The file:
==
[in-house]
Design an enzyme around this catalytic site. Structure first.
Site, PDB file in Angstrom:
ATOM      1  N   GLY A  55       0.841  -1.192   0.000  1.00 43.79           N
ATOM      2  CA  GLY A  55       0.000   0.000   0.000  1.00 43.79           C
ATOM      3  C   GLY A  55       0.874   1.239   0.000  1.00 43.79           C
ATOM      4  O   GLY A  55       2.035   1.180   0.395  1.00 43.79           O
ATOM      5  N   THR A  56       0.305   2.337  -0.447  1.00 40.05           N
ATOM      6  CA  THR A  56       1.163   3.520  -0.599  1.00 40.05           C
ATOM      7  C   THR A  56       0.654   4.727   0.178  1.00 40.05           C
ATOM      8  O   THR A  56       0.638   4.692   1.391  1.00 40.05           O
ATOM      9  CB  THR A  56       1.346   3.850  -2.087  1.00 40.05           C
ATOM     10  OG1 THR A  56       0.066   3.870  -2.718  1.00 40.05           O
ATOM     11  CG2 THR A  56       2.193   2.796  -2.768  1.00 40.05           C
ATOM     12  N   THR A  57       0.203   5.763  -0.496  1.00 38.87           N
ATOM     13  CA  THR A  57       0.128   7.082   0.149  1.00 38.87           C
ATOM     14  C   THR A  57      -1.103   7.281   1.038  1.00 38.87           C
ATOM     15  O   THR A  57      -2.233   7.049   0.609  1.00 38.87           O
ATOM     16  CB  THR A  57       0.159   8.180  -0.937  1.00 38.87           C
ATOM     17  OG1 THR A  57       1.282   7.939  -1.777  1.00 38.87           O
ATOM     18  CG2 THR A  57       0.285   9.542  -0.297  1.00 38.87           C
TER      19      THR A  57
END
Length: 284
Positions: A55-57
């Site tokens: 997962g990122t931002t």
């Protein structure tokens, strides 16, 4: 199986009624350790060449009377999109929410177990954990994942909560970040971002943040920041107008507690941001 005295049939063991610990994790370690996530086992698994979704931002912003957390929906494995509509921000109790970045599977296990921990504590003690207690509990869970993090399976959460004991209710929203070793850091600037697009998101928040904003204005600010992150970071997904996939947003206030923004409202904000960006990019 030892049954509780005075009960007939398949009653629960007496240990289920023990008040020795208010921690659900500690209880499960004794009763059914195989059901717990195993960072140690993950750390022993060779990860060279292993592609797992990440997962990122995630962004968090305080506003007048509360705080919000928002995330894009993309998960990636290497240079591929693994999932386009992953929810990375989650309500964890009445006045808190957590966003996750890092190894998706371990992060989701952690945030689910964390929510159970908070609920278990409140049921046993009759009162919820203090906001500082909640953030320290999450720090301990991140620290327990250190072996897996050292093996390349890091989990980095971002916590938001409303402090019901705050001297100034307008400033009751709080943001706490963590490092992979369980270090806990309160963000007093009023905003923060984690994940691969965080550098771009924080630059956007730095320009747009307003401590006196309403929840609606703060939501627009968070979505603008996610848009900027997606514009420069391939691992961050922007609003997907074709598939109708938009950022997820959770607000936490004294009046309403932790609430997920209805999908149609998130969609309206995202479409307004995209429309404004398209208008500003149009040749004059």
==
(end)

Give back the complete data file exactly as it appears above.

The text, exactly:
[in-house]
Design an enzyme around this catalytic site. Structure first.
Site, PDB file in Angstrom:
ATOM      1  N   GLY A  55       0.841  -1.192   0.000  1.00 43.79           N
ATOM      2  CA  GLY A  55       0.000   0.000   0.000  1.00 43.79           C
ATOM      3  C   GLY A  55       0.874   1.239   0.000  1.00 43.79           C
ATOM      4  O   GLY A  55       2.035   1.180   0.395  1.00 43.79           O
ATOM      5  N   THR A  56       0.305   2.337  -0.447  1.00 40.05           N
ATOM      6  CA  THR A  56       1.163   3.520  -0.599  1.00 40.05           C
ATOM      7  C   THR A  56       0.654   4.727   0.178  1.00 40.05           C
ATOM      8  O   THR A  56       0.638   4.692   1.391  1.00 40.05           O
ATOM      9  CB  THR A  56       1.346   3.850  -2.087  1.00 40.05           C
ATOM     10  OG1 THR A  56       0.066   3.870  -2.718  1.00 40.05           O
ATOM     11  CG2 THR A  56       2.193   2.796  -2.768  1.00 40.05           C
ATOM     12  N   THR A  57       0.203   5.763  -0.496  1.00 38.87           N
ATOM     13  CA  THR A  57       0.128   7.082   0.149  1.00 38.87           C
ATOM     14  C   THR A  57      -1.103   7.281   1.038  1.00 38.87           C
ATOM     15  O   THR A  57      -2.233   7.049   0.609  1.00 38.87           O
ATOM     16  CB  THR A  57       0.159   8.180  -0.937  1.00 38.87           C
ATOM     17  OG1 THR A  57       1.282   7.939  -1.777  1.00 38.87           O
ATOM     18  CG2 THR A  57       0.285   9.542  -0.297  1.00 38.87           C
TER      19      THR A  57
END
Length: 284
Positions: A55-57
């Site tokens: 997962g990122t931002t």
């Protein structure tokens, strides 16, 4: 199986009624350790060449009377999109929410177990954990994942909560970040971002943040920041107008507690941001 005295049939063991610990994790370690996530086992698994979704931002912003957390929906494995509509921000109790970045599977296990921990504590003690207690509990869970993090399976959460004991209710929203070793850091600037697009998101928040904003204005600010992150970071997904996939947003206030923004409202904000960006990019 030892049954509780005075009960007939398949009653629960007496240990289920023990008040020795208010921690659900500690209880499960004794009763059914195989059901717990195993960072140690993950750390022993060779990860060279292993592609797992990440997962990122995630962004968090305080506003007048509360705080919000928002995330894009993309998960990636290497240079591929693994999932386009992953929810990375989650309500964890009445006045808190957590966003996750890092190894998706371990992060989701952690945030689910964390929510159970908070609920278990409140049921046993009759009162919820203090906001500082909640953030320290999450720090301990991140620290327990250190072996897996050292093996390349890091989990980095971002916590938001409303402090019901705050001297100034307008400033009751709080943001706490963590490092992979369980270090806990309160963000007093009023905003923060984690994940691969965080550098771009924080630059956007730095320009747009307003401590006196309403929840609606703060939501627009968070979505603008996610848009900027997606514009420069391939691992961050922007609003997907074709598939109708938009950022997820959770607000936490004294009046309403932790609430997920209805999908149609998130969609309206995202479409307004995209429309404004398209208008500003149009040749004059």